Legalese — What is Estate Property?

It can be really confusing to figure out what is and isn’t a part of someone’s estate when they die.  It seems to make sense that whatever they owned when they died is a part of their estate, but that’s not how it works.

Some assets get transferred outside of your estate.  What that means is that when you die, they get passed on to a new owner without having to make a pit stop in your estate first.  Usually, these are things that have a co-owner or a beneficiary or are ‘payable on death.’

It’s confusing, but I will try to explain using myself as an example.

My husband and I own our house together.  We are “joint tenants with right of survivorship.”  What this means is that we don’t own our house 50/50.  We both own 100% of the house.  We, together as one married unit, own that house.  When one of us dies, the second after the person who passes takes our last breath, the survivor still owns that house 100%.  The person who died no longer owns the house because they did not survive.  It’s a ‘survivor takes all’ kind of game.

We also have a few different bank accounts.  The vast majority of our money is in joint accounts.  We both own those accounts, same as our house.  We don’t own those accounts 50/50, we each own those accounts wholly.  Nothing but morals (and a desire to stay married and to retire one day) is stopping me from withdrawing every cent from those accounts and blowing it on something ridiculous.  Same goes for Mike.  He could do that if he wanted.  I’d be in jail for murder, but he could legally do it.  When one of us dies, the survivor owns all of the money in those accounts 100% without having to go to probate court or worrying about what the other person’s will says.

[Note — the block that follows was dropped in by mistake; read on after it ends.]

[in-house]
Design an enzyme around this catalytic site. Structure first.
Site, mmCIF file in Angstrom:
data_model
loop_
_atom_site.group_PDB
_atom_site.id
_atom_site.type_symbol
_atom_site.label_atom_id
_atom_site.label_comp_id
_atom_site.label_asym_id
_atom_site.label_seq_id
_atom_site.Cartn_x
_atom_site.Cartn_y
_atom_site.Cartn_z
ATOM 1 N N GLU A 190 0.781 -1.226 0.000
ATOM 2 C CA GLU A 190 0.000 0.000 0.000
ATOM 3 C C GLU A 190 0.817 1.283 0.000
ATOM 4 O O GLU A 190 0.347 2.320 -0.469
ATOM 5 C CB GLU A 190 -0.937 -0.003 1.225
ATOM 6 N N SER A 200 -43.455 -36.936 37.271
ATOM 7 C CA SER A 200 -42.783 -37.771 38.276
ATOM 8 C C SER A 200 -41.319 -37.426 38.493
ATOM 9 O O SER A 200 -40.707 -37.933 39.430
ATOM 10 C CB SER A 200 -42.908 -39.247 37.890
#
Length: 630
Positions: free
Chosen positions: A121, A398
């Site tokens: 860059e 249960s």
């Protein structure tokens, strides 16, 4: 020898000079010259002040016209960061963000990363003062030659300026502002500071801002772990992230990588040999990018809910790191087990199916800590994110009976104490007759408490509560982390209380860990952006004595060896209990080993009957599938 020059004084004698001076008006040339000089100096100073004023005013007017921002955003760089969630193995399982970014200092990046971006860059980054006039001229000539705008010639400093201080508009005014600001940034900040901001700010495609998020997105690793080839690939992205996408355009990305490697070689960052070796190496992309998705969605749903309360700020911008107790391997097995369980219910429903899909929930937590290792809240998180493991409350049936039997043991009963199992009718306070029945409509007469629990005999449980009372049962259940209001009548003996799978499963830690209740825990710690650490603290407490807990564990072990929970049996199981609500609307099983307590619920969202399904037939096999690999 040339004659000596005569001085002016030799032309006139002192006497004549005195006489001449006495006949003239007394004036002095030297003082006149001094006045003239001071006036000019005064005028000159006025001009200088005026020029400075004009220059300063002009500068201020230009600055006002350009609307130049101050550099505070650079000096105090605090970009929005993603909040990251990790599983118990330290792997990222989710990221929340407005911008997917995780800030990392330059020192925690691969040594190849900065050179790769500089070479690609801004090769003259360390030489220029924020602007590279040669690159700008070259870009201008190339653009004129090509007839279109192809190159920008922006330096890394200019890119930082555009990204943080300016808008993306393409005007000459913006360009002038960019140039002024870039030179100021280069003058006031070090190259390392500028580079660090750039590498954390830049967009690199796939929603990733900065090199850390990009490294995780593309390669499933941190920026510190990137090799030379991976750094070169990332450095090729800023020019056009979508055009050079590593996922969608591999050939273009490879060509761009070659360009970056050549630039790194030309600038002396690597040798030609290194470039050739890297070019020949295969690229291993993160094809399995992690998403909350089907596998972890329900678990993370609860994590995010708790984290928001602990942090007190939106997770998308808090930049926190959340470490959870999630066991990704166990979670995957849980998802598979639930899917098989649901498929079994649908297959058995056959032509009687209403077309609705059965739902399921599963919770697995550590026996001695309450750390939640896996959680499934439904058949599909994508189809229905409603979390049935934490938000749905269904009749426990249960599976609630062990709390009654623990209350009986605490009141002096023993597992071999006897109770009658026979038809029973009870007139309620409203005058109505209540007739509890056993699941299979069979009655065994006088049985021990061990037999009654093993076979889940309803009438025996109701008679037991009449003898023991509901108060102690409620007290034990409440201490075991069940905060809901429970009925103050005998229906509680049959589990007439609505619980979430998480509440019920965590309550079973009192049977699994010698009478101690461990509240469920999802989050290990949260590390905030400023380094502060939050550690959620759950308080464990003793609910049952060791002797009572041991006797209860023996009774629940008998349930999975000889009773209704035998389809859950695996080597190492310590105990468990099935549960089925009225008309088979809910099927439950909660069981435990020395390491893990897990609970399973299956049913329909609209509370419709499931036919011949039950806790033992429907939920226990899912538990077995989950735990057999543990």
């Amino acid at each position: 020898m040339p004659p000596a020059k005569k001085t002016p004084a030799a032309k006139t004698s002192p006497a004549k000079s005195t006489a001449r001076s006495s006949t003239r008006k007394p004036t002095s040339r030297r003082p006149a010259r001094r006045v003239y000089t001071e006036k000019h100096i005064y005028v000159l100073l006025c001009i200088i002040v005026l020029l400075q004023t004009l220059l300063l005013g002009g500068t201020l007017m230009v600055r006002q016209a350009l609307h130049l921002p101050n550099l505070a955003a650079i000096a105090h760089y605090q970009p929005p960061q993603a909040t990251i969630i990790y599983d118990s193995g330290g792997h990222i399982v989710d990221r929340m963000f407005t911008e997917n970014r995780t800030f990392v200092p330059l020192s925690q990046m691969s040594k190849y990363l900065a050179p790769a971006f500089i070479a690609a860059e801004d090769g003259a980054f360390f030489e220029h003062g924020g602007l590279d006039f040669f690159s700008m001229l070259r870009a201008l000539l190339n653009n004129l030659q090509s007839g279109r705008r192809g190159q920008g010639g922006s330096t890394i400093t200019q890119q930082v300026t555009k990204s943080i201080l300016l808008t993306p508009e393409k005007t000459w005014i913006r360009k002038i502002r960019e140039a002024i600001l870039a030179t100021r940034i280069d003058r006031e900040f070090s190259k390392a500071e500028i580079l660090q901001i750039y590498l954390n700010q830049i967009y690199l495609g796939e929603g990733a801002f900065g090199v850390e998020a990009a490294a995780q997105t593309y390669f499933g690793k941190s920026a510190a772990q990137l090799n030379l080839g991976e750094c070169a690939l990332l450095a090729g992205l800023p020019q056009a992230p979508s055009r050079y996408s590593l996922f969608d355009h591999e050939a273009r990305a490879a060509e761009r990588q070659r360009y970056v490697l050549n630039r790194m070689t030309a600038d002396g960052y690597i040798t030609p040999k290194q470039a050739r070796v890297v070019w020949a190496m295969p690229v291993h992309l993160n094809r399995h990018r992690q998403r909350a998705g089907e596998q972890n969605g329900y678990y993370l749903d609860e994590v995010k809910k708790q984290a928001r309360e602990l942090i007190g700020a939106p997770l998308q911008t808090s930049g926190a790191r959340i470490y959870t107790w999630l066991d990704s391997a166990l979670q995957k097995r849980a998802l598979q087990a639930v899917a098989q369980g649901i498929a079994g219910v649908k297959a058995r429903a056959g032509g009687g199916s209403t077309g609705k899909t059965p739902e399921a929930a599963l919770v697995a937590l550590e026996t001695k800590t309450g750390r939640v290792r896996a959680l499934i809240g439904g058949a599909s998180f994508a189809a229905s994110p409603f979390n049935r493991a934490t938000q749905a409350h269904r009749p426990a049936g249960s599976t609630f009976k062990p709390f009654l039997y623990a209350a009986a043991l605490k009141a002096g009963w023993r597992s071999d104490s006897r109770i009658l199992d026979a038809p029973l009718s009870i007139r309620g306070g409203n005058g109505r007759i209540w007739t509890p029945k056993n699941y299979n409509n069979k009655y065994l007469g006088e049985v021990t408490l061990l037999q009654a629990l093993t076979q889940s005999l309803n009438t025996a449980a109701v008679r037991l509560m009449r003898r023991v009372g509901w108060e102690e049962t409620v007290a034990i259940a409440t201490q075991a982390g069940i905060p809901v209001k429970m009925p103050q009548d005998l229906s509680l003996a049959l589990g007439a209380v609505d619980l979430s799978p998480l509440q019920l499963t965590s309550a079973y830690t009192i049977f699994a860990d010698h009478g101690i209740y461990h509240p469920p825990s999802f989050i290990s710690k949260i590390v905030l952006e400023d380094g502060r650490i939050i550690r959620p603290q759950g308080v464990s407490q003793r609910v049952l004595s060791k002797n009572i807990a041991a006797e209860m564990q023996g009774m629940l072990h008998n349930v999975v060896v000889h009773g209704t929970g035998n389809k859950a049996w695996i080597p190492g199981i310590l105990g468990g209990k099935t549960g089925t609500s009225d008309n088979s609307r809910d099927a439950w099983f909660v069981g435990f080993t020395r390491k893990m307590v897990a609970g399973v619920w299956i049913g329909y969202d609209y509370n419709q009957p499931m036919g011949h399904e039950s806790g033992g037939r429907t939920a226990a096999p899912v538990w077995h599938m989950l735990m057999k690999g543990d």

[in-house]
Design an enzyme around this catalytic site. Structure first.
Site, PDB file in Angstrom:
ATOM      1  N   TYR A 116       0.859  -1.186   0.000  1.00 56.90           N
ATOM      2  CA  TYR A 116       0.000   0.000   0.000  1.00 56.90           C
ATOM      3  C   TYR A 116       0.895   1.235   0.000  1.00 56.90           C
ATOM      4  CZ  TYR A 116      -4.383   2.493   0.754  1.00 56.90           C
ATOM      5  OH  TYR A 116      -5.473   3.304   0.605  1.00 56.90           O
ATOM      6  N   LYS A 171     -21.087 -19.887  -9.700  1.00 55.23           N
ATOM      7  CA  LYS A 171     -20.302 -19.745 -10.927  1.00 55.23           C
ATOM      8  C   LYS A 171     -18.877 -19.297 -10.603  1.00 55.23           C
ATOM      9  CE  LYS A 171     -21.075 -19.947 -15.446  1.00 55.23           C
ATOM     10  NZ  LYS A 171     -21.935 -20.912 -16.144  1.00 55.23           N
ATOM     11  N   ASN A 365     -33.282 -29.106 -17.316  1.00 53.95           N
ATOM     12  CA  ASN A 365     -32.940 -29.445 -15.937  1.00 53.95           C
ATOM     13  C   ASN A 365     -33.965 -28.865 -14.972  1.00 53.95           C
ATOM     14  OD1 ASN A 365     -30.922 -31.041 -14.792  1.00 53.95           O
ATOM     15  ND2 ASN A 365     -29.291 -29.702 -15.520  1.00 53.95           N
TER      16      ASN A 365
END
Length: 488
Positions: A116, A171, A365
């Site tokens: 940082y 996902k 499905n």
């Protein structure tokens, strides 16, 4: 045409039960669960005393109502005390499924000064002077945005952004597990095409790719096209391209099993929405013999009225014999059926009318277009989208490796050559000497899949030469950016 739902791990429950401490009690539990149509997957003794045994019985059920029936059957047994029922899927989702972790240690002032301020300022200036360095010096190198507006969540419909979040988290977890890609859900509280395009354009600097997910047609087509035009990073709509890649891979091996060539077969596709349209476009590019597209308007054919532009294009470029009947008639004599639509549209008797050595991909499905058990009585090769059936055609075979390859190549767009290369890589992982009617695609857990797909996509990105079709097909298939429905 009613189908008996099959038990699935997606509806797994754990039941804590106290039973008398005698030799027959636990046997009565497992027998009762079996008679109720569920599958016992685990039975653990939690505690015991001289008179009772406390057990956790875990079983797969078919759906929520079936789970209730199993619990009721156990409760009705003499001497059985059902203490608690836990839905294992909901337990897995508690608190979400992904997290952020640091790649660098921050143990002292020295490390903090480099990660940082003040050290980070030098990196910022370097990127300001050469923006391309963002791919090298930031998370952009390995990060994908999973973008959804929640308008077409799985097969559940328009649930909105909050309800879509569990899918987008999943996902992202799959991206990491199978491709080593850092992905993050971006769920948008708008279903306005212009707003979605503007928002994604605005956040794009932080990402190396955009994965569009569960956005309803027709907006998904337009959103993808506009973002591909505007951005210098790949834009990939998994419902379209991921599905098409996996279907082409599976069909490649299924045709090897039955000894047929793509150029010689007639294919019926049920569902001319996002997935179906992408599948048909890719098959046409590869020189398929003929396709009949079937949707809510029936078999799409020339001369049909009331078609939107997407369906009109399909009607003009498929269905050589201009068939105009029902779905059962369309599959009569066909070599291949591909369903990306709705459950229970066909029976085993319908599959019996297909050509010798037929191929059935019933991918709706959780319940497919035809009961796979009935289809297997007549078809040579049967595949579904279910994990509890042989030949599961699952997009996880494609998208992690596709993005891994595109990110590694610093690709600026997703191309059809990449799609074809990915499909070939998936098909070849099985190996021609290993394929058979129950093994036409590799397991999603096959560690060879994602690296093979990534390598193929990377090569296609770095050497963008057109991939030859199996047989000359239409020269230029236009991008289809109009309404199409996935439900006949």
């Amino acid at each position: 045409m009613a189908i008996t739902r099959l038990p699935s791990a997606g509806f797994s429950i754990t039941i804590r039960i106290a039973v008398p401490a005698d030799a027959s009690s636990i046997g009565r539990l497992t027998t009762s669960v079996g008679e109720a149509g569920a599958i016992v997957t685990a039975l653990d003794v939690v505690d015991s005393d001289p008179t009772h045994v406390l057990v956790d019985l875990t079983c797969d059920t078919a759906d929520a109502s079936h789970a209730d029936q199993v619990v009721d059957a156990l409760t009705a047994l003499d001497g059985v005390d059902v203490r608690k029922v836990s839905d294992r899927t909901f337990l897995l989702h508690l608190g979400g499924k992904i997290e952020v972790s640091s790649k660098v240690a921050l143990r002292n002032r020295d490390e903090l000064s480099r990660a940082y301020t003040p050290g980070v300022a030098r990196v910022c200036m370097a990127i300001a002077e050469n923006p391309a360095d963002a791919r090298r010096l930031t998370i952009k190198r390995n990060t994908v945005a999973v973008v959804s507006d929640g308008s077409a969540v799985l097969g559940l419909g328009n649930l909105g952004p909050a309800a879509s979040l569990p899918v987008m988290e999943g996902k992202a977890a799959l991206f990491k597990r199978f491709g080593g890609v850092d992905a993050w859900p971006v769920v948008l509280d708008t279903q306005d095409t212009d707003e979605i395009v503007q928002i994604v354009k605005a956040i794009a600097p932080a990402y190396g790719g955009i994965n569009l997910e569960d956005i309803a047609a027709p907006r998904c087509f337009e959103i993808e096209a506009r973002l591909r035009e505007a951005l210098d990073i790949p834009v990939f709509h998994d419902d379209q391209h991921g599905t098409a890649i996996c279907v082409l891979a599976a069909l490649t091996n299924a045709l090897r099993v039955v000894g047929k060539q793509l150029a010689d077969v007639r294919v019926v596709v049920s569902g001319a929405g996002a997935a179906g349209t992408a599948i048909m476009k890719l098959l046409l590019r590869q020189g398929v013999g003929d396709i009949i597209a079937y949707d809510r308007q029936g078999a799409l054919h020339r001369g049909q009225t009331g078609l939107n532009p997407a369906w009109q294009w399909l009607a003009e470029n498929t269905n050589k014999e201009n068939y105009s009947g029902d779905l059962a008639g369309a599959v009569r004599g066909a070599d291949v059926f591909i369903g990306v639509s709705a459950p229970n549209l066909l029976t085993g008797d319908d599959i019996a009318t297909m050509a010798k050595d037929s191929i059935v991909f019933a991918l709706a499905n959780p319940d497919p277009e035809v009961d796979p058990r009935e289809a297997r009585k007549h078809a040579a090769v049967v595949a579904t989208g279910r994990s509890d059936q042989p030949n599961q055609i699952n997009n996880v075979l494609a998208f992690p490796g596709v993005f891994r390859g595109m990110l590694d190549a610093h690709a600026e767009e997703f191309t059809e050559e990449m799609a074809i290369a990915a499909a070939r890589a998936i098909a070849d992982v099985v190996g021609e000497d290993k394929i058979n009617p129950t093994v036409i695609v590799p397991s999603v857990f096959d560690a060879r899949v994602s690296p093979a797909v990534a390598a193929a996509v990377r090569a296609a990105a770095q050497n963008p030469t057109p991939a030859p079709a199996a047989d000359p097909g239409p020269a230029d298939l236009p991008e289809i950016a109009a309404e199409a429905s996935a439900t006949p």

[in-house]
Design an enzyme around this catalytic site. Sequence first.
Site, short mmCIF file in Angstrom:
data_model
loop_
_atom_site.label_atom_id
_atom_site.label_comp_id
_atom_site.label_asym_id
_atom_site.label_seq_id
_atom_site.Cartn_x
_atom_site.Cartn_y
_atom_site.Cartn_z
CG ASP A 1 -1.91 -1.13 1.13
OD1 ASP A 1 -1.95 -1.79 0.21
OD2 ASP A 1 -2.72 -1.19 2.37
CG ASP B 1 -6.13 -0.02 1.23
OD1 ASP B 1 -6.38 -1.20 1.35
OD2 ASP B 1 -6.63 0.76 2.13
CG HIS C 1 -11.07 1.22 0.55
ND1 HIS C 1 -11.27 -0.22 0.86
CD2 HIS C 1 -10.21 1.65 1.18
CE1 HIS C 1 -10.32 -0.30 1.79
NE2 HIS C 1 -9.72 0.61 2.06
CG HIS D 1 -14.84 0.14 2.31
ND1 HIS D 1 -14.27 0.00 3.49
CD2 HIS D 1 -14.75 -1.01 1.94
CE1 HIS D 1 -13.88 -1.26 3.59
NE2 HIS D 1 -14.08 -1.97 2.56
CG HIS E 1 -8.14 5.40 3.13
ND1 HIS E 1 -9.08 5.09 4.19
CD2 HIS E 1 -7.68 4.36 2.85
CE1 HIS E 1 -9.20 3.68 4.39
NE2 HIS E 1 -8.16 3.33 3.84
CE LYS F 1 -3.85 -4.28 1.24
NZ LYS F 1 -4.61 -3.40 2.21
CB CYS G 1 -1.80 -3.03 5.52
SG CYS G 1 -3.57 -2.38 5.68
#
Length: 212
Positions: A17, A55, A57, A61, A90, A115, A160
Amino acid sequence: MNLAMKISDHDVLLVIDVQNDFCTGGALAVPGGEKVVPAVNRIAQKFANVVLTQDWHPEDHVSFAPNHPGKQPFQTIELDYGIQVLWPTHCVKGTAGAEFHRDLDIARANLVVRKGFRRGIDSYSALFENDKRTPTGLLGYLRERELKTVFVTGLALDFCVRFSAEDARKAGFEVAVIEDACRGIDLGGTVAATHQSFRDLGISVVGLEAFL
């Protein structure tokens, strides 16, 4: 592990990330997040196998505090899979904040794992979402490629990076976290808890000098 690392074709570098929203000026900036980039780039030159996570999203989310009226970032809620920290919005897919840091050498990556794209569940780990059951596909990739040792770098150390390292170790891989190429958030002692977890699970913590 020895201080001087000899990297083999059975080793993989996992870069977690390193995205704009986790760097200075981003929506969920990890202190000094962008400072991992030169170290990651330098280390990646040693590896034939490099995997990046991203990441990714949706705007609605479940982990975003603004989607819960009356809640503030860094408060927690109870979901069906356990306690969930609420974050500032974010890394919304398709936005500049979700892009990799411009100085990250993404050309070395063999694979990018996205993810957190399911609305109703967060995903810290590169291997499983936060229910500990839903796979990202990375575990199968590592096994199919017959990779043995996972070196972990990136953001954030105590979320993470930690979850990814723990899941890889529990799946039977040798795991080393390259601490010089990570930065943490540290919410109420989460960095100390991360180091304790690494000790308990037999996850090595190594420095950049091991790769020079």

We have a few smaller accounts that are in our own separate names.  Mike has one we call his ‘toy’ account.  I have no idea if he set up a beneficiary on that account or not.  Let’s say he didn’t. If he dies first, then that money isn’t mine.  I have to go to probate court to probate his will and then I get that money if and only if he left it to me in his will.  However, if he has that account set up so that it is ‘payable on death (POD)’ or with me as a beneficiary, and he dies first, I don’t have to go to probate court to get his money.  That money is not part of his estate.  I can just go to the bank with a copy of his death certificate to prove he is really gone, and that money is mine, and it passes outside of his estate. 

If you are the Executor of someone’s estate and you have to add up the assets of the estate and divide them up, this is important information.  Let’s say your husband died without a will and you have two children.  When you go to the probate court to administer his estate, you will have to divide it into thirds.  One third goes to you, one third to your son, and one third to your daughter.  But your husband’s 401k had you listed as a beneficiary, and the house was titled with you as a joint tenant with right of survivorship.  You also had a joint bank account.  This means that when you are adding up the total that needs to be divided, you do not include the value of the house or the amount in his 401k or the joint bank account. 

A lot of times, this makes the heirs mad, especially when the husband or wife, the person who owned everything jointly, is step-mom or step-dad to the children.  They have trouble understanding why the woman who was only married to dad for seven years gets the house and the 401k and the biggest bank account, and then the children who have known dad for 50 years only get a small share of what’s left. 

That’s where estate planning comes in.  If you want to leave your children a legacy, you can do it, but you have to plan for it.  Make sure your beneficiaries are listed in a way that makes sense for how you want things to shake out.  Make sure your house is titled the way you want it.  Include people in your will – and make sure you have a will – that you want to benefit from your lifetime of savings.     

Nothing in this article should be construed as legal advice. It is being offered for informational purposes only.

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